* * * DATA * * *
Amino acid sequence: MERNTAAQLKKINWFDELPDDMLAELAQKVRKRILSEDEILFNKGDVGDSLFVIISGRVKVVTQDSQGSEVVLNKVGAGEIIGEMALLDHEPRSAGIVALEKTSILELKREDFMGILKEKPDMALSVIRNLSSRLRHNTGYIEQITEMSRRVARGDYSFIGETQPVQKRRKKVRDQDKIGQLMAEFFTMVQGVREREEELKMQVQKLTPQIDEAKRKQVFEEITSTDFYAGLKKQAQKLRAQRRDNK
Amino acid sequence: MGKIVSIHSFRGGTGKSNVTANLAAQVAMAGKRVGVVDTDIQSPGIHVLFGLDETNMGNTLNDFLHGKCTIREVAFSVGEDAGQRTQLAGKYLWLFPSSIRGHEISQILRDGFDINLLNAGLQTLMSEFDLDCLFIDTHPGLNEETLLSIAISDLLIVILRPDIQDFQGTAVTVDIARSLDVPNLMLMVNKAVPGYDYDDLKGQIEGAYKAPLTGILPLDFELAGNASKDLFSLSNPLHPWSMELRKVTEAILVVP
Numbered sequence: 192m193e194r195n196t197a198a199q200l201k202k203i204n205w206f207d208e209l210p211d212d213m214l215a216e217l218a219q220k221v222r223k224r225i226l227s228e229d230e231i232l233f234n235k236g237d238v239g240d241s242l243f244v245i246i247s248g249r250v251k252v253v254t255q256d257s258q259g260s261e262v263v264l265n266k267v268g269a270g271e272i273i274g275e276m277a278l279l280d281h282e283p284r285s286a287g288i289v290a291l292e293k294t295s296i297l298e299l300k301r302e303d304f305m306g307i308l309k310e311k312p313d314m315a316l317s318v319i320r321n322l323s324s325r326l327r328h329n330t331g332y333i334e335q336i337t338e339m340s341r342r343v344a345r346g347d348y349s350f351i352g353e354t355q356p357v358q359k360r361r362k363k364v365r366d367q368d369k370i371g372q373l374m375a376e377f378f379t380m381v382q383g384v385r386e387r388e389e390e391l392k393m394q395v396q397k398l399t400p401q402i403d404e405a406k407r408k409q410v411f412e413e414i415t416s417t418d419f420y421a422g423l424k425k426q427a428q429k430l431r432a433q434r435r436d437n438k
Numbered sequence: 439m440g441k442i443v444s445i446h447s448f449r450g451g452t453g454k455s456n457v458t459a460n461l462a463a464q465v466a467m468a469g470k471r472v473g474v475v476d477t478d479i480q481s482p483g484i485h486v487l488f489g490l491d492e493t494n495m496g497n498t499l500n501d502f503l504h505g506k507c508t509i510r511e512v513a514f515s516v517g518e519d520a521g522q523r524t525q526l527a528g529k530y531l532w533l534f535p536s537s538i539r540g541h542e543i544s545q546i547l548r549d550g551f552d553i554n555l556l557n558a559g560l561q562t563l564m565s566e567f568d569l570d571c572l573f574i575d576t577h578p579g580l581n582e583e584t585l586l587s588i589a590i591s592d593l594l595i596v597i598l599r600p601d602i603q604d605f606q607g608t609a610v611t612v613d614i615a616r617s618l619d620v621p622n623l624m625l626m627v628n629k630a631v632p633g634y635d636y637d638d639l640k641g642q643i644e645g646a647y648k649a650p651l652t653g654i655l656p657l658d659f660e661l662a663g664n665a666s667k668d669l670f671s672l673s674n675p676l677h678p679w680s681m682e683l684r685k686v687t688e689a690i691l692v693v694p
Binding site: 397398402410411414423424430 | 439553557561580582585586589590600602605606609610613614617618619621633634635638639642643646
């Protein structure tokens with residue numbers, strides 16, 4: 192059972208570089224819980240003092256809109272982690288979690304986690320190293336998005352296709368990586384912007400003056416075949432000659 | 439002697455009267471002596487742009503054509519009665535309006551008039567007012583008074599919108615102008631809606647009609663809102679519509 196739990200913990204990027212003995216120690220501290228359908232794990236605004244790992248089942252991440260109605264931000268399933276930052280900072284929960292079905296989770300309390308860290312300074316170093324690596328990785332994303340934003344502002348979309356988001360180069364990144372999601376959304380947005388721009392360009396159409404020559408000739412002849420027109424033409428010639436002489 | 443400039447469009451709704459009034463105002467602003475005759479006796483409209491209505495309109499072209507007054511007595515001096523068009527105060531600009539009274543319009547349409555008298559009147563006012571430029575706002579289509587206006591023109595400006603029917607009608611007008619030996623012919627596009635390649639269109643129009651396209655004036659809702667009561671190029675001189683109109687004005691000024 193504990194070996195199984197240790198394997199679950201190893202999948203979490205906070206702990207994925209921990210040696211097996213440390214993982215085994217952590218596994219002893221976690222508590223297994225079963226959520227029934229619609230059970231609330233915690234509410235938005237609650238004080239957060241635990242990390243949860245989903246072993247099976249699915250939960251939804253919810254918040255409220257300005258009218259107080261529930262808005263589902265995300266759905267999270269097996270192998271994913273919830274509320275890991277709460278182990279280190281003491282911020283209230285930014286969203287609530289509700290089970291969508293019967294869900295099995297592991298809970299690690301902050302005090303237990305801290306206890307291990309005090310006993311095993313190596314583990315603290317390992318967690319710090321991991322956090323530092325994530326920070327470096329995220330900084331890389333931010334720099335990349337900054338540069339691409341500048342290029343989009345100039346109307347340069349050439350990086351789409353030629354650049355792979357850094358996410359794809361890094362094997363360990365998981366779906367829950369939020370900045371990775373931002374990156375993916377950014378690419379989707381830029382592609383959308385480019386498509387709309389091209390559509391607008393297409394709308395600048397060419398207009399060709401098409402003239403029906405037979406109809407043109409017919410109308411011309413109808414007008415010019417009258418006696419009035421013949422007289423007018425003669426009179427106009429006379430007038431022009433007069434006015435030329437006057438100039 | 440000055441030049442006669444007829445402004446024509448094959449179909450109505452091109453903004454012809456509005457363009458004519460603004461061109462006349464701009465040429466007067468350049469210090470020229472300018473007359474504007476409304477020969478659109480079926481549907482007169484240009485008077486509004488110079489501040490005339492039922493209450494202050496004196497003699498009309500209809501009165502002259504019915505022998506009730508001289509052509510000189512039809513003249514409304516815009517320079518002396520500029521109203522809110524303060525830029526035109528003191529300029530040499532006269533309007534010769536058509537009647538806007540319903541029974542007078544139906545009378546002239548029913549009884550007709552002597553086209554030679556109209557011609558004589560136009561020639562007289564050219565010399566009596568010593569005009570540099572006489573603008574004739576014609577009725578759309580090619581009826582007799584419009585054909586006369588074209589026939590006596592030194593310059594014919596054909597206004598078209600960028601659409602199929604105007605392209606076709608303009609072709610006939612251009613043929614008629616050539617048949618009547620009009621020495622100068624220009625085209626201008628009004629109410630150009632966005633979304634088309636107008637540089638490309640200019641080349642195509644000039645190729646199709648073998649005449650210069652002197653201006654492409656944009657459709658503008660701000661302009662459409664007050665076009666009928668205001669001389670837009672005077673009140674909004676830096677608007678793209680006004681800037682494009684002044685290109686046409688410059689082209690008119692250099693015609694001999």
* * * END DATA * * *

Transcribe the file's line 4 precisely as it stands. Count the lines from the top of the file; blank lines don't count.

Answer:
Numbered sequence: 439m440g441k442i443v444s445i446h447s448f449r450g451g452t453g454k455s456n457v458t459a460n461l462a463a464q465v466a467m468a469g470k471r472v473g474v475v476d477t478d479i480q481s482p483g484i485h486v487l488f489g490l491d492e493t494n495m496g497n498t499l500n501d502f503l504h505g506k507c508t509i510r511e512v513a514f515s516v517g518e519d520a521g522q523r524t525q526l527a528g529k530y531l532w533l534f535p536s537s538i539r540g541h542e543i544s545q546i547l548r549d550g551f552d553i554n555l556l557n558a559g560l561q562t563l564m565s566e567f568d569l570d571c572l573f574i575d576t577h578p579g580l581n582e583e584t585l586l587s588i589a590i591s592d593l594l595i596v597i598l599r600p601d602i603q604d605f606q607g608t609a610v611t612v613d614i615a616r617s618l619d620v621p622n623l624m625l626m627v628n629k630a631v632p633g634y635d636y637d638d639l640k641g642q643i644e645g646a647y648k649a650p651l652t653g654i655l656p657l658d659f660e661l662a663g664n665a666s667k668d669l670f671s672l673s674n675p676l677h678p679w680s681m682e683l684r685k686v687t688e689a690i691l692v693v694p